The threat has become more serious over the last 15 years as a growing number of medical devices are interconnected through hospital networks, the internet, smartphones and other medical devices. Every new type of connection increases their vulnerability to malicious attacks.
The FDA says that it has become aware of the cyber-security vulnerabilities and incidents and is urging medical device manufacturers to be on the lookout for potential risks and hazards related to their products, including cyber-security risks. Manufacturers are also responsible for making sure appropriate mitigations are in place to guarantee patient safety and to make sure the device performs properly.
Read in full at www.medicalnewstoday.com
Rigel’s Uni-Therm’s wide array of internal resistors, ranging from 0 - 5115Ω, in 5Ω steps, offer not only extremely accurate and detailed power curves but also safe working practise by providing all necessary resistors within a single enclosure.
Testing of patient plate contact quality monitoring (CQM) is carried out using a rotary encoder, which also controls the potentiometer, scaling up and down in manual or automatic mode to capture the alarm using the on-screen dedicated fast key. Data can be stored onboard for future traceability.
Compliant with IEC 60601-2-2 and compatible with products from electrosurgical device manufacturers Olympus KeyMed, Erbe, Bowa, Eschmann and Covidien among others, Uni-Therm verifies and calibrates all major electrosurgical generators while guiding the user through all test procedures quickly, automatically and all safely.
The instrument measures high frequency leakage, (high) current, power distribution and patient return plate alarm testing. A high power load bank enables performance testing up to 8A RMS to allow testing and calibration of high current vessel sealing technologies and with a duty cycle of up to 100%, making the analyser an extremely versatile test instrument for calibrating and performance testing of conventional and high power electrosurgical generators.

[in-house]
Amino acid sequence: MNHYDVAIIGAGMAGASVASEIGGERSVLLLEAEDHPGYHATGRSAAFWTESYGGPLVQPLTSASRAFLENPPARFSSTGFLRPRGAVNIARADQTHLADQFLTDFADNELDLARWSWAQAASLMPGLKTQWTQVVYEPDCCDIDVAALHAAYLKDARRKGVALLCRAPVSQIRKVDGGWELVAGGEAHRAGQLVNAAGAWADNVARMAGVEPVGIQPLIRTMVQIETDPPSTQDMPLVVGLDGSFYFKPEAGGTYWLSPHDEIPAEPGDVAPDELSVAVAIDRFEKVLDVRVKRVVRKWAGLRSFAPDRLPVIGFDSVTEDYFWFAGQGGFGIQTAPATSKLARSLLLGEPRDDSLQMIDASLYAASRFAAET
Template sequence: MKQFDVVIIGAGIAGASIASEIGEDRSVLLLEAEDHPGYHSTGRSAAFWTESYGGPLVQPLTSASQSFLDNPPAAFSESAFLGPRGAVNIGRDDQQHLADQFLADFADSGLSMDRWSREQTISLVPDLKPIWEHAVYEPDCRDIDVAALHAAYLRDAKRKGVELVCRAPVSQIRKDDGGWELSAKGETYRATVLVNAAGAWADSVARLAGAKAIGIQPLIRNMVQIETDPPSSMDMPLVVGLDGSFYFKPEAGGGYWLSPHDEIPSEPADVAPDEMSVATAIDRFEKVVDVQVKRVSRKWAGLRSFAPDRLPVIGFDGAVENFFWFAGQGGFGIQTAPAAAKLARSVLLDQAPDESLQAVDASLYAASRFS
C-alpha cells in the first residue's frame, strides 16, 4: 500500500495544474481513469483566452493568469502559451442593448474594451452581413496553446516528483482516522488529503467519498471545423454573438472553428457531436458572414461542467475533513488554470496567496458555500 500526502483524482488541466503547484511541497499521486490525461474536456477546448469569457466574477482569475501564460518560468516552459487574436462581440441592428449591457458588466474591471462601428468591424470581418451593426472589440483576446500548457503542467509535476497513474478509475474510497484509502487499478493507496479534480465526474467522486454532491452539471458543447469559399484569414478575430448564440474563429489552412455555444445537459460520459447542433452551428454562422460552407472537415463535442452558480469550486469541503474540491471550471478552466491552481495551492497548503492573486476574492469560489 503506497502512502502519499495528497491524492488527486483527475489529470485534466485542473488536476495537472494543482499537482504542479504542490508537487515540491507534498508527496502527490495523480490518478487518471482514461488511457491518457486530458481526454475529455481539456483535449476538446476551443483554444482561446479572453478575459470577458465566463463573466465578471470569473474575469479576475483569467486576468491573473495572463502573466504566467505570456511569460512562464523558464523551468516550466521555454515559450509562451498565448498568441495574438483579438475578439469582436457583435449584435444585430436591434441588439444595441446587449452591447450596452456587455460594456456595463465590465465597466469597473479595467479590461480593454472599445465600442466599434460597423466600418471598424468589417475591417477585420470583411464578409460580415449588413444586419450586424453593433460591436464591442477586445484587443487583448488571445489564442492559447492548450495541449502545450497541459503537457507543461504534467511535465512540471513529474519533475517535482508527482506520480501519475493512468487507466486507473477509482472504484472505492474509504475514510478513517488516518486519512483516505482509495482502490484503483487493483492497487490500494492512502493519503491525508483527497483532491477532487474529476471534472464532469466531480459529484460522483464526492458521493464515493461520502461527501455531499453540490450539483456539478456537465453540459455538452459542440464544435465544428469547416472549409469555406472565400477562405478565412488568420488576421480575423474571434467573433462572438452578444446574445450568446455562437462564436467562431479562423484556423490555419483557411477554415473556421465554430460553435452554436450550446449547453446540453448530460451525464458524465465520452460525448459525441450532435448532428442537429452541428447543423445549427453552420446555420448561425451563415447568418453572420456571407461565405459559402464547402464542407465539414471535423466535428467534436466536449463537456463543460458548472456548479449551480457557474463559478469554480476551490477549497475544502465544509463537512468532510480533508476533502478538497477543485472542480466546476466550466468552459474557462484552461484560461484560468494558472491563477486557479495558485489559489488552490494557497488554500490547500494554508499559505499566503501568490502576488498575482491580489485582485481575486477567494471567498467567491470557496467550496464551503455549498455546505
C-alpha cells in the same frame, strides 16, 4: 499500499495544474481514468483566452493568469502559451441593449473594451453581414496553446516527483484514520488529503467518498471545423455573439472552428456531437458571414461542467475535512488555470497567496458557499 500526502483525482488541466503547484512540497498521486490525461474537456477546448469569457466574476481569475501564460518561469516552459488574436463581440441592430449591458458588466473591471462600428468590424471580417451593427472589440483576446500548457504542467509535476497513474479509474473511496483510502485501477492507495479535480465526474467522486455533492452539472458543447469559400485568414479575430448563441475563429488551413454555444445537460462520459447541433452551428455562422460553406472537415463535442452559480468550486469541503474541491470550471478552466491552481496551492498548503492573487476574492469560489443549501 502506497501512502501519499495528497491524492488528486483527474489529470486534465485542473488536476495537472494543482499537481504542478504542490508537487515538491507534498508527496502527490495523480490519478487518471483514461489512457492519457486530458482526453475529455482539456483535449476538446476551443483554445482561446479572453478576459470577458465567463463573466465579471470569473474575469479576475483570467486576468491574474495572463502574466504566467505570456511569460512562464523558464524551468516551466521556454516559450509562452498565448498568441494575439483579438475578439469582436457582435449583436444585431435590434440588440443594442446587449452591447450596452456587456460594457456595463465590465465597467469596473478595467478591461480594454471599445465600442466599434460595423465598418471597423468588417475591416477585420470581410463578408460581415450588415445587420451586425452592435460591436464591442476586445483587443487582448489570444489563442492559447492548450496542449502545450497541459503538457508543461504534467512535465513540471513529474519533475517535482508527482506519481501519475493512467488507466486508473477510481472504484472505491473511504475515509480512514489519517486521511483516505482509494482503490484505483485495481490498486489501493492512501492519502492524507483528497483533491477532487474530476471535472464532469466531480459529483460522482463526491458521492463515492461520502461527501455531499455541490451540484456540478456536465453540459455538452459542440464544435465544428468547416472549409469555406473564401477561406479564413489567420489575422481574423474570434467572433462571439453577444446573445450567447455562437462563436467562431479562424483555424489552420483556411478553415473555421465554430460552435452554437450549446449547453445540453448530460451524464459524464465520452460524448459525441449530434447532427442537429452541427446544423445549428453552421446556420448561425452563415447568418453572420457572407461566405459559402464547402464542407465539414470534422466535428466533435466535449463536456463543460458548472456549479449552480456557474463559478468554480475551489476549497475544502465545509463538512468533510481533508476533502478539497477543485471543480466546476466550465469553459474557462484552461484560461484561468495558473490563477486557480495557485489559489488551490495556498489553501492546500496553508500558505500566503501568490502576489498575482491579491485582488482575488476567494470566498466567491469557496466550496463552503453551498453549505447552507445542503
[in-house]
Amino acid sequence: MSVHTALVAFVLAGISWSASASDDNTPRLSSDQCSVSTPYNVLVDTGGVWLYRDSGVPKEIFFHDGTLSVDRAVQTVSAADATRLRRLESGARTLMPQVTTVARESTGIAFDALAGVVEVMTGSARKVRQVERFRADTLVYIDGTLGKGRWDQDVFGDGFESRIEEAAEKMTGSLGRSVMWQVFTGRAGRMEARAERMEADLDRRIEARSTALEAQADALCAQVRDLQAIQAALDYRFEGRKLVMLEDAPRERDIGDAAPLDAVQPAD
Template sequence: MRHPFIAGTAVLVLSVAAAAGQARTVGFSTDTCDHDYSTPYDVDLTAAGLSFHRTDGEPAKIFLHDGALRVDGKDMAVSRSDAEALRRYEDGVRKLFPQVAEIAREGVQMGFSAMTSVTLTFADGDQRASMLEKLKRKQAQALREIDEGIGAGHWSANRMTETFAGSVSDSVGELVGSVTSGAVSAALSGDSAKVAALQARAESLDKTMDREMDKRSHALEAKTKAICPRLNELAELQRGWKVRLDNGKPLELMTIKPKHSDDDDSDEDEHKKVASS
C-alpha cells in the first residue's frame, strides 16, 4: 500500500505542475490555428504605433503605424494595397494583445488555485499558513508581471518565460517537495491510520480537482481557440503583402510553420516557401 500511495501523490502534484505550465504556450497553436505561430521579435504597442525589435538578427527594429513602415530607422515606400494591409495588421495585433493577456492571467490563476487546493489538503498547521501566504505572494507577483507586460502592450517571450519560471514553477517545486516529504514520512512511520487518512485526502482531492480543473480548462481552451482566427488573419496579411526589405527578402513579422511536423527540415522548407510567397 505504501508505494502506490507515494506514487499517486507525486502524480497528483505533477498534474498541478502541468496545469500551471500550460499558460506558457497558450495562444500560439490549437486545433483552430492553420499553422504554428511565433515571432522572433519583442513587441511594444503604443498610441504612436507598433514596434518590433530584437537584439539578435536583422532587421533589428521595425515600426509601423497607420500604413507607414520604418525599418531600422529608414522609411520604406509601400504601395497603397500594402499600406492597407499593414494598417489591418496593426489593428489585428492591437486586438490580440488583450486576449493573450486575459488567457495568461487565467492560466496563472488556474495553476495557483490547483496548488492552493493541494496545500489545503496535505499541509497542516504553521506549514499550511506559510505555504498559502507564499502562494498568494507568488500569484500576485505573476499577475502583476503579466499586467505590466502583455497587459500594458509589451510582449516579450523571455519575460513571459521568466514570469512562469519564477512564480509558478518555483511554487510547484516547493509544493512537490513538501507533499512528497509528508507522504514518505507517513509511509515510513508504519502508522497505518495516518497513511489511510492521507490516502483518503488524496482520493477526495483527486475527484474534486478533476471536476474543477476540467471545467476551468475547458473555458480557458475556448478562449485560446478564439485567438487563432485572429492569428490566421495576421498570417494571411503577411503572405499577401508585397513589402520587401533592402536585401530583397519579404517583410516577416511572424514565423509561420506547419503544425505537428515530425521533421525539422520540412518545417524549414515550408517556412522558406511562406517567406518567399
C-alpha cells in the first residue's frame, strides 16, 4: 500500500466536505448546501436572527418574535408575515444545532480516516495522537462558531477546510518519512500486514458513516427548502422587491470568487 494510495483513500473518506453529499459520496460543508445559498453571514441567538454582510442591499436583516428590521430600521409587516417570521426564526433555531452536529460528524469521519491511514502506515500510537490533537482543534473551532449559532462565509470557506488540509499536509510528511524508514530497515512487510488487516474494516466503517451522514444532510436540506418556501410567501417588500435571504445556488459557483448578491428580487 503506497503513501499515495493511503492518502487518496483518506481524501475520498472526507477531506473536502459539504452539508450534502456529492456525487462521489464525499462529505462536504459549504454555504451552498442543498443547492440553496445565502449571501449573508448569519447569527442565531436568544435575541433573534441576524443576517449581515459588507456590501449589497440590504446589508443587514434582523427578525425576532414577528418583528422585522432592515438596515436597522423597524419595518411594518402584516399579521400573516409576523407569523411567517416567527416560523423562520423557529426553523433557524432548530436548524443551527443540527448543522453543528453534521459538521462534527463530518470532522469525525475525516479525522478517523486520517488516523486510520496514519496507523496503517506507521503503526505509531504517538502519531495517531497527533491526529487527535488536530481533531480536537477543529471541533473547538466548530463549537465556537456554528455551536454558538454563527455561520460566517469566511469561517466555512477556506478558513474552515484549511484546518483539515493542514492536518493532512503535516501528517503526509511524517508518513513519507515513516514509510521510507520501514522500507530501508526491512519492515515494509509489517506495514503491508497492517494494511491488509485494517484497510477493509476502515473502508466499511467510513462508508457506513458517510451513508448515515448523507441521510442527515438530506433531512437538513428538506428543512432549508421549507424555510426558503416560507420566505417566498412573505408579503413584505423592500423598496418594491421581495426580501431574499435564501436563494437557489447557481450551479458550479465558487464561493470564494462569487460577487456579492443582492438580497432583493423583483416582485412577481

Product features include built-in memory, test automation, comprehensive data management facilities and a wide range of in-built low inductance resistors, while a large full colour screen displays step-by-step instructions to ensure the correct connection to the device under test.
The new medical device regulations could differ significantly from the original draft report proposed by the European Commission or the version introduced by Rapporteur Dagmar Roth-Behrendt.
This emerged as the Committee on the Environment, Public Health and Food Safety (ENVI) debated the device regulations and MEPs added recent amendments to the regulations. Not only were there more than 900 amendments but also several different amendments to the same clauses in some cases, according to life science lawyer Erik Vollebregt.
In addition, Roth-Behrendt and IVD regulation Propel Rapporteur Peter Liese added amendments to each other’s proposals. It seems that the only thing everyone can agree on is that there needs to be more oversight over notified bodies.
Despite Roth-Behrendt’s call for a PMA system for innovative medical devices in her report, the likelihood that such a system will be approved is small, said Vollebregt. Many ENVI members openly objected to such a system during the debate, even though some argued for it. The fate of the final version of the new medical device regulations will start to clear on 10 July when ENVI votes on the amendments. The Parliament will vote on the new regulations in November.
Erik Vollebregt offers detailed insight into these developments on his blog medicaldeviceslegal.com
Rigel Medical will be exhibiting at Welch Allyn’s ‘Completing the Picture 2013’ symposium on 3 July at the Heritage Motor Museum, Warwickshire.
The annual educational symposium for biomedical engineering and clinical procurement departments in the UK aims to increase levels of professional development among engineers and clinical procurement specialists along with improving knowledge and awareness of clinical issues affecting the industry now and in the future.
It will be a great opportunity to see Rigel’s extensive product range, so make an appointment with our staff on this date by emailing us at email@example.com or for more info visit www.rigelmedical.com/events.